Category Cross-Omics>Agent-Based Modeling/Simulation/Tools

Abstract Swarm is a library of object-oriented classes that implements the Swarm ‘conceptual framework’ for agent-based models and provides many tools for implementing, observing, and conducting experiments on Agent-Based Modeling systems (ABMs).

Users write their own software but (a) follow Swarm's conceptual framework and conventions to design the software, and (b) use the Swarm libraries to do much of the work.

The library is written in Objective-C, an object-oriented extension of the C programming language.

Basic Facts About Swarm -- Swarm is a collection of software libraries which provide support for ‘simulation programming’. Among the most prominent features are the following:

1) Swarm Code is Object-Oriented. The swarm libraries are written in a computer language called "Objective-C", a superset of the C language. Objective-C adds the ability to create software "classes" from which individual instances can be created.

These instances are self-contained entities, and the terminology of object-oriented programming (OOP) turns out to be very well suited to discussions of agent-based models.

2) Swarm Programs are Hierarchical. Most swarm applications have a structure that roughly goes like this. First, a top level-- often called the "observer swarm"-- is created. That layer creates screen displays and it also creates the level below it, which is called the "model swarm".

The model swarm in turn creates the individual agents, schedules their activities, collects information about them and relays that information when the observer swarm needs it. This terminology is Not required by Swarm, but its use does facilitate it.

3) Swarm Provides Many Handy Tools. The Swarm libraries provide a number of convenient pieces of code that will facilitate the design of an agent-based model. These tools facilitate the management of memory; the maintenance of lists; scheduling of actions; and many other chores.

4) Users build simulations by incorporating Swarm objects in their own programs. Users are encouraged to study a number of tutorial examples provided by Swarm in order to make full use of the Swarm libraries and the strategy of modeling that inspires them.

Swarm is a Dynamic Platform -- Swarm is free software. The current Swarm distribution is effectively released under the GNU General Public License.

The free software model of software development is particularly effective for a tool like Swarm, for both theoretical and practical reasons:

1) Complete Observability. With full source available, if necessary, the modeler can always track the execution of the simulation right down to the operating system level.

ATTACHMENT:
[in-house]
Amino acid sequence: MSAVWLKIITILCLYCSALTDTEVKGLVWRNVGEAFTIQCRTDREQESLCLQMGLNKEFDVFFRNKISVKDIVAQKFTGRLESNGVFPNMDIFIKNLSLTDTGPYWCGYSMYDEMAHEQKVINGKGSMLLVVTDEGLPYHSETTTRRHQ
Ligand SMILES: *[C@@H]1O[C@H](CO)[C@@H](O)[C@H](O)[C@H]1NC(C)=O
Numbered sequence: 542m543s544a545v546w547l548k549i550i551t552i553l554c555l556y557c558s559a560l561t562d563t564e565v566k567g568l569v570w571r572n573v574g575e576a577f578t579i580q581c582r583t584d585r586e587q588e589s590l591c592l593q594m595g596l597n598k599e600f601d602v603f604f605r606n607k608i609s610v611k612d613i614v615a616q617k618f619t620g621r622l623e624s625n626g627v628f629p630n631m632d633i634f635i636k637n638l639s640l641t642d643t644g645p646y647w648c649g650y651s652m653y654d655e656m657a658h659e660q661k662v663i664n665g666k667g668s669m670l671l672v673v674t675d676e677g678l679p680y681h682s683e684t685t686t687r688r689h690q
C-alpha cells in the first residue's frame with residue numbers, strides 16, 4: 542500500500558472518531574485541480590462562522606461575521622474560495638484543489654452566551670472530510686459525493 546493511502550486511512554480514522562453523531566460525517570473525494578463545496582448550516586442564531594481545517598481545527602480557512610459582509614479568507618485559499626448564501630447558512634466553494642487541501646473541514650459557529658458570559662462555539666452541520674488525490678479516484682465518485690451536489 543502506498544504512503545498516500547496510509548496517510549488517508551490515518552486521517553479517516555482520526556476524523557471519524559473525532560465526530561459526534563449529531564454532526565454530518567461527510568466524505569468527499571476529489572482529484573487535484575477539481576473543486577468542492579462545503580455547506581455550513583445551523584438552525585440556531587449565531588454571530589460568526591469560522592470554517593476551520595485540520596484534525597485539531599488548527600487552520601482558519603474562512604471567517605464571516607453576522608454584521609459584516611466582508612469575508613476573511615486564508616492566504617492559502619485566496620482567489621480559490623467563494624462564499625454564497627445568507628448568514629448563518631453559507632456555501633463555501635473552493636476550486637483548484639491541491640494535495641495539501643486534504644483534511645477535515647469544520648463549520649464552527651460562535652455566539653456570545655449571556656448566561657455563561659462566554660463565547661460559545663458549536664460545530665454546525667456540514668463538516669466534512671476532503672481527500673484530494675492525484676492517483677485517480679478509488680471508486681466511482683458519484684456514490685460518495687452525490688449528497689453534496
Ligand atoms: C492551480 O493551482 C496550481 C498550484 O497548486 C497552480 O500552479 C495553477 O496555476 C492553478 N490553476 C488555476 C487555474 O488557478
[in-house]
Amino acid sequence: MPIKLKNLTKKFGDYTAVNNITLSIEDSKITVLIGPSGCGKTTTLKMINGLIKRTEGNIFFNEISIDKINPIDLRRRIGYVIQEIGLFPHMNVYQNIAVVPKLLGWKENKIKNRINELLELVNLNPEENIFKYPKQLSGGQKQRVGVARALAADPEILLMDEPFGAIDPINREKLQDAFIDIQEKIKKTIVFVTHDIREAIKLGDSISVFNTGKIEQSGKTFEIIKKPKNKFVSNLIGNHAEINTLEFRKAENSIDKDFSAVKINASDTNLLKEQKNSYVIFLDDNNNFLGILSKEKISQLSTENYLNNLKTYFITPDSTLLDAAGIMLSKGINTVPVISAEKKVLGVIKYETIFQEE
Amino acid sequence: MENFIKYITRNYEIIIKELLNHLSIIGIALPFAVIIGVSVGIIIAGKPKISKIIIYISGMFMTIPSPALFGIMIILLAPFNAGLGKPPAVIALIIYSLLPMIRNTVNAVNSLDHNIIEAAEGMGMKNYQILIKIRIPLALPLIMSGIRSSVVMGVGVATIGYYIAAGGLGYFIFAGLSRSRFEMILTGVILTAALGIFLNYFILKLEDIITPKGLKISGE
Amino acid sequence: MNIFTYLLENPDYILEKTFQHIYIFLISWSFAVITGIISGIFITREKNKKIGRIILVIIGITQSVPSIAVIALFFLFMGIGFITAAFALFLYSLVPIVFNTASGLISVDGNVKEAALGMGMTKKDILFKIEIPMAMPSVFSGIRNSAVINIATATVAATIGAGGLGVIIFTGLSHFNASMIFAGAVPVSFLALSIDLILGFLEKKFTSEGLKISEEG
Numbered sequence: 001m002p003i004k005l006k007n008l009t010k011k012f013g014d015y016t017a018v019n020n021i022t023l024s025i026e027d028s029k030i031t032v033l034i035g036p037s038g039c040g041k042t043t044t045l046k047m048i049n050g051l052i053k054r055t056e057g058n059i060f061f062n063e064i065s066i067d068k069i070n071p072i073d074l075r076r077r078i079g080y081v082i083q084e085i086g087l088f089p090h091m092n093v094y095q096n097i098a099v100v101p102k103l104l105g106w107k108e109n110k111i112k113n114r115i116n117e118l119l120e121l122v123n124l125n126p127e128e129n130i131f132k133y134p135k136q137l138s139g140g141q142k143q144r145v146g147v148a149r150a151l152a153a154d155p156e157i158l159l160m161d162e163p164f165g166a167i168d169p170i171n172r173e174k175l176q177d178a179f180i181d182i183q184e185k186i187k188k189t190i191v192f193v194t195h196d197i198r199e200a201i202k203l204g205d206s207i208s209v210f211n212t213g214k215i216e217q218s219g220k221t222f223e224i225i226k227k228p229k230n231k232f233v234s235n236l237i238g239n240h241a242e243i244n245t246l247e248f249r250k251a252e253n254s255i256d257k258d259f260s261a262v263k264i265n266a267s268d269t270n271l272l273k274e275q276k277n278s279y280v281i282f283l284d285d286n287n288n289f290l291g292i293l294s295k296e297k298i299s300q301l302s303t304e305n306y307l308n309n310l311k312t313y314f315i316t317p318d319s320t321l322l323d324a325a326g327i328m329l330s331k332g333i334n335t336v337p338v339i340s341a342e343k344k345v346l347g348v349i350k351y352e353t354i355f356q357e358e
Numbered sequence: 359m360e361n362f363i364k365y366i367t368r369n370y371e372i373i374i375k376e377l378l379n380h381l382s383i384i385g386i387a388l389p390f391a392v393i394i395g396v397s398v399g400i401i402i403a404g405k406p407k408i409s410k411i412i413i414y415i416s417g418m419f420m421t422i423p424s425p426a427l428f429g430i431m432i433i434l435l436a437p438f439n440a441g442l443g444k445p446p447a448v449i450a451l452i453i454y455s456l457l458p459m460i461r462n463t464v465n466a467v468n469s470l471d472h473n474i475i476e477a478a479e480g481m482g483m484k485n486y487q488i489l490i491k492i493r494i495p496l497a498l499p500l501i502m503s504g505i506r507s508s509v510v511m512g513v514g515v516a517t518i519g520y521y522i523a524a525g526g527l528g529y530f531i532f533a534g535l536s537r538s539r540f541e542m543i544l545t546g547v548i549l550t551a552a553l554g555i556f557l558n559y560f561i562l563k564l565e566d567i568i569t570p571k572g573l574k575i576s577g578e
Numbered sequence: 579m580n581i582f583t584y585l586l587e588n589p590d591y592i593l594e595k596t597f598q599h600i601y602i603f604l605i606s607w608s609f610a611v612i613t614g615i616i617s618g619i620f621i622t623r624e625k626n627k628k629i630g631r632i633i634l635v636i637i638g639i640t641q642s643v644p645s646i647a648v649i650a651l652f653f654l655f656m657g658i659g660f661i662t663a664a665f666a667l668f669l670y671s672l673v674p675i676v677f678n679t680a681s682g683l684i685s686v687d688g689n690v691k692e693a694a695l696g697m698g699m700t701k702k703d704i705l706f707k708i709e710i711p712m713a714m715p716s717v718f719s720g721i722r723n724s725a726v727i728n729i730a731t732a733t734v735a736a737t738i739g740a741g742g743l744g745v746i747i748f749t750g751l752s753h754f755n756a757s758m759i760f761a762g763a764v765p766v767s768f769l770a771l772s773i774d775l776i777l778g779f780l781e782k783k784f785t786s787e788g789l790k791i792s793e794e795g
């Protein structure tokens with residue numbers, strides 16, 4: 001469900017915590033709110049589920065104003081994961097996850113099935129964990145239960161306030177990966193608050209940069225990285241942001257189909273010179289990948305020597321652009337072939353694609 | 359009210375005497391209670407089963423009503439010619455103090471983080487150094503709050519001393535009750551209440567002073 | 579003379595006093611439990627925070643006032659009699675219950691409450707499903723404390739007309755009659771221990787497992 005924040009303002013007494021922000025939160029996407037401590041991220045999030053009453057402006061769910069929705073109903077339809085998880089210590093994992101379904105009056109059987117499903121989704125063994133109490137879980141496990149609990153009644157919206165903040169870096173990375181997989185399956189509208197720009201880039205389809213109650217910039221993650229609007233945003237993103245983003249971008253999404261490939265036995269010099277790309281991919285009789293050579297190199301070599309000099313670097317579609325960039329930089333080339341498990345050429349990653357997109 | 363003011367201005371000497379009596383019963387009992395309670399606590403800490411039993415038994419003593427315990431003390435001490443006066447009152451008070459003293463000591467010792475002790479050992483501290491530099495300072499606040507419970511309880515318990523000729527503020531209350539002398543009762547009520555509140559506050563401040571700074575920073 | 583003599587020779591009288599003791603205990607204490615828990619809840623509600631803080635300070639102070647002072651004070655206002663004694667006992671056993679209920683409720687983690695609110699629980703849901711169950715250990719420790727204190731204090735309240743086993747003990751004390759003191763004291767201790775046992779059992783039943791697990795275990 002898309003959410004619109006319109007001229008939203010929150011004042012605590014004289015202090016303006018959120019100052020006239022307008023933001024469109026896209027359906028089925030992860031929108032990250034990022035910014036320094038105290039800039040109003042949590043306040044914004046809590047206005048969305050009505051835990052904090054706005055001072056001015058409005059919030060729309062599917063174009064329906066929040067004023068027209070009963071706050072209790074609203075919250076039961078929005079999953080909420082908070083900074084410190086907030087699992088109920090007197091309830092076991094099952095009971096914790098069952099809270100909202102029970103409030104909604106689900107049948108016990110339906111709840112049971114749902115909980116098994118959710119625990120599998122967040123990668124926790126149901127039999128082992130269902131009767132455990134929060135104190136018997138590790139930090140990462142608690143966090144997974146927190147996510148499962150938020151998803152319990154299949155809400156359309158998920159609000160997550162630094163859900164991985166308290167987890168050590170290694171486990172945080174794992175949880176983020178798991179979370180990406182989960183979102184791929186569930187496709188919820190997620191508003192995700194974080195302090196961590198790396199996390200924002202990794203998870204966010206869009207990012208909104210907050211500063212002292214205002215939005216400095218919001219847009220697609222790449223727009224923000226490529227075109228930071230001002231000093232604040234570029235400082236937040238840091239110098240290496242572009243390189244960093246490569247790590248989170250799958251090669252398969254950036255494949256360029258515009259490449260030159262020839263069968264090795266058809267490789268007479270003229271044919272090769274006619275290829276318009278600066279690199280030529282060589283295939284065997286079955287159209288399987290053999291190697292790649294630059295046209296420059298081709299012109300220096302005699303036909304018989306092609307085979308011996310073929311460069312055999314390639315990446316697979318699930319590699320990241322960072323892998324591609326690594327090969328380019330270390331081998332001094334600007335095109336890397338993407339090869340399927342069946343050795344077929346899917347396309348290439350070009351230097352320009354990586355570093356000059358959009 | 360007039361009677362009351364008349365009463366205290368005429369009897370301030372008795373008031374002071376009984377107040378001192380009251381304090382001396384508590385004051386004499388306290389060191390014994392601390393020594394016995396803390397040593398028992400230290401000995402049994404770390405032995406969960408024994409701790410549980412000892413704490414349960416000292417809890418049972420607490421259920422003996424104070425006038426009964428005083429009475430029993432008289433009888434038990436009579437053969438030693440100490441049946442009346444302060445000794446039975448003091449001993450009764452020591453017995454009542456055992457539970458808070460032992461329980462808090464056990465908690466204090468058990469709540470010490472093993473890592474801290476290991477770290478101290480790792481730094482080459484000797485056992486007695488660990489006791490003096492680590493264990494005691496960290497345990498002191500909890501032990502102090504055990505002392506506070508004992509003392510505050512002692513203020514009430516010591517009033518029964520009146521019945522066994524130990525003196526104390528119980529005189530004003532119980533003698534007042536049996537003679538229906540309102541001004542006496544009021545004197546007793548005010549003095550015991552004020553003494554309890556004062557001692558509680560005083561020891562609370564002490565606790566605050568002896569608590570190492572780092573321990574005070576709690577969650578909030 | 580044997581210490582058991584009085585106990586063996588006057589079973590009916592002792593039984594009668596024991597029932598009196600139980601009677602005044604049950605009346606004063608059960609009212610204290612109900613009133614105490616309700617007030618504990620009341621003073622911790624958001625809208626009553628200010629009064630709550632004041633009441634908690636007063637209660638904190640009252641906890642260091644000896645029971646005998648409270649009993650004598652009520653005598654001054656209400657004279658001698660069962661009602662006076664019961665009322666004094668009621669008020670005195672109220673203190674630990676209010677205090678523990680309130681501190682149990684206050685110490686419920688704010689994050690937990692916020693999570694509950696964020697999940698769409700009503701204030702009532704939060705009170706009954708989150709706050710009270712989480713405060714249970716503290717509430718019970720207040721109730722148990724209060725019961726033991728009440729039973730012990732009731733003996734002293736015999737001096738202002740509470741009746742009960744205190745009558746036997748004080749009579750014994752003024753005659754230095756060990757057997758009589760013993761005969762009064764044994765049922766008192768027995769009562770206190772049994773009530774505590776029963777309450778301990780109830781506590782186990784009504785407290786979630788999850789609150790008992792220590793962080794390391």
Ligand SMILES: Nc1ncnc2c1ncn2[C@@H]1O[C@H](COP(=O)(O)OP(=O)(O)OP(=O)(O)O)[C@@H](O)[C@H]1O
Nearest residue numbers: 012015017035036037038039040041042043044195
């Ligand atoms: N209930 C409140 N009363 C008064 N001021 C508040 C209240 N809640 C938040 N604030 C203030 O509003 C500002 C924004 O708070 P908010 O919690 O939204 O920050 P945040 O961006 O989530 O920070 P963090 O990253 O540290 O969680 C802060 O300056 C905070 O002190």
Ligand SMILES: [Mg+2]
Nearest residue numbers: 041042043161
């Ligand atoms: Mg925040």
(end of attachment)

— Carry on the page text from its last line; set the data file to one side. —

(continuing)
This is very important for reproducibility, and ultimately allows you to go about proving (in an abstract mathematical sense) a simulation's `correctness'.

2) Developer Mind-Share. More practically, Swarm is open source so that the manufacturer can harness developer mind-share: more technically minded users can identify bugs, write patches, and implement new features generally contribute to the evolution of Swarm.

Prerequisites for Success with Swarm –

Swarm was originally conceived as a set of standardized methods for the design of multi-agent simulation models. One needs Not to be a highly accomplished computer program to user the Swarm libraries.

In fact, as the installation process for Swarm becomes increasingly streamlined, it is quite easy for anyone with suitable hardware to test some of the sample applications.

For people who have Windows or Linux operating systems, compiled versions of the Swarm libraries are available and installation is quite painless.

However, it is Not easy to create new Swarm applications. Doing so requires the creation of a computer program. While one need Not be an expert programmer, one must have a rudimentary understanding of vital computing concepts.

The required knowledge will vary with the sort of model that one is intending to create, of course, but, at the bare minimum, users must have:

1) A basic understanding of computer programming; and

2) Either of the two (2) object-oriented programming languages, Java or Objective C.

People who have Not done computer programming will thus need to do some background preparation before they try to make a serious effort at building a Swarm model.

Swarm is designed to help researchers build models in which low-level actors interact (often called "complex systems"). The researcher has to give content to "agents," possibly by thinking of them as honey bees, investors, trees, or (the ubiquitous) "bugs."

One research goal is to discern overall patterns that emerge from these detailed behaviors at the individual level.

Object oriented programming is ideally suited to represent models of this sort. The objects are self-contained. Objects may be designed to convey information (answer questions) from other objects and also they can retain, categorize, and summarize information.

Note: A careful study of either of the object-oriented programming languages (Java or Objective-C) is required before any significant progress can be made in building a Swarm model.

Swarm User Guide -- The Swarm User Guide is somewhat out of date but still a good place for beginners to learn what Swarm is and get started using it. Among the topics covered are:

1) An introduction to object-oriented programming (OOP);

2) The conceptual foundation of Swarm (essential for using Swarm successfully!);

3) Swarm's graphical interfaces;

4) Using tutorials and examples to learn how to program with Swarm;

5) Using the collections, random number, and serialization tools;

6) Debugging.

System Requirements

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Manufacturer Web Site Swarm

Price Contact manufacturer.

G6G Abstract Number 20436

G6G Manufacturer Number 104064